I know that Little's Law states (paraphrased):

the average number of things in a system is the product of the average rate at which things leave the system and the average time each one spends in the system, or:

``````n=x*(r+z);
x-throughput
r-response time
z-think time
r+z - average response time
``````

now i have question about a problem from programming pearls:

Suppose that system makes 100 disk accesses to process a transaction (although some systems require fewer, some systems will require several hundred disk access per transaction). How many transactions per hour per disk can the system handle? Assumption: disk access takes 20 milliseconds.

Here is solution on this problem

Ignoring slowdown due to queuing, 20 milliseconds (of the seek time) per disk operation gives 2 seconds per transaction or 1800 transactions per hour

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Are you given any other information? – justkt Jun 7 '10 at 14:32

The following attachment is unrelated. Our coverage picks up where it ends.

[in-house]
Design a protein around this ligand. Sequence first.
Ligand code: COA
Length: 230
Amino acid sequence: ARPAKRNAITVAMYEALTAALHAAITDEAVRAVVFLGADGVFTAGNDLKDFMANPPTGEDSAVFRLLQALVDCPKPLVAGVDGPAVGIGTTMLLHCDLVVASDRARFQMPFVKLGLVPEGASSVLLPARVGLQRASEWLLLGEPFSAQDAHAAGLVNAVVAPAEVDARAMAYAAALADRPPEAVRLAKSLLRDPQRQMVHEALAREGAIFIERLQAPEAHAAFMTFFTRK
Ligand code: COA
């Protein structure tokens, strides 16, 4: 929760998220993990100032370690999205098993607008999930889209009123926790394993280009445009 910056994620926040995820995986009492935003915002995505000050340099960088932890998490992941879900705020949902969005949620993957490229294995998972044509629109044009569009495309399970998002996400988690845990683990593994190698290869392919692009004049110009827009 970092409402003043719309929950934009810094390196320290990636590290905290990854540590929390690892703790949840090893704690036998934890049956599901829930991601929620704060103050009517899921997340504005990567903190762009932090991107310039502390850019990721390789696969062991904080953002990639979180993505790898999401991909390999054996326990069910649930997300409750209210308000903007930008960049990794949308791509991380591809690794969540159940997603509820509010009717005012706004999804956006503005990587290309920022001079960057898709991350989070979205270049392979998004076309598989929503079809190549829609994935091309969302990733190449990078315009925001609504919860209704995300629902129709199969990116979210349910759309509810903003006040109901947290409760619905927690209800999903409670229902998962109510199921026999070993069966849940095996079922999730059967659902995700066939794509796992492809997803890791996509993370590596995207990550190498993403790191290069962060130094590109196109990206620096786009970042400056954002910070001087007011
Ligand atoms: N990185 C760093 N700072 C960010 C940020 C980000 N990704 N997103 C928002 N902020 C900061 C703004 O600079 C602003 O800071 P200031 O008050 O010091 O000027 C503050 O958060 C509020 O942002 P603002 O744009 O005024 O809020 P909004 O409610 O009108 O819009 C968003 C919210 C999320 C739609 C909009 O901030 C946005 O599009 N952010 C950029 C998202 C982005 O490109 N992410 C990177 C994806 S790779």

my question is question which is at the end of the problem – dato datuashvili Jun 7 '10 at 14:33
As with all of devit's questions, this should be tagged with `homework` – BlueRaja - Danny Pflughoeft Jun 7 '10 at 14:37
no one is homework and my name is davit not devit – dato datuashvili Jun 7 '10 at 15:03

It will be more intuitive if you forget about that formula and think that the rate at which you can do something is inversely proportional to the time that it takes you to do it. For example, if it takes you 0.5 hour to eat a pizza, you eat pizzas at a rate of 2 pizzas per hour because 1/0.5 = 2.

In this case the rate is the number of transactions per time and the time is how long a transaction takes. According to the problem, a transaction takes 100 disk accesses, and each disk access takes 20 ms. Therefore each transaction takes 2 seconds total. The rate is then 1/2 = 0.5 transactions per second.

Now, more formally:

Rate of transactions per seconds R is inversely proportional to the transaction time in seconds TT.

``````R = 1/TT
``````

The transaction time TT in this case is:

``````TT = disk access time * number of disk accesses per transaction =
20 milliseconds * 100 = 2000 milliseconds = 2 seconds
``````

``````R = 1/2 transactions per second
= 3600/2 transactions per hour
= 1800 transactions per hour
``````
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thanks very much – dato datuashvili Jun 7 '10 at 15:08
No problem Davit. I added the assumption that the disk access takes 20 ms to your question above. The answer from your book makes that assumption. – b.roth Jun 7 '10 at 15:10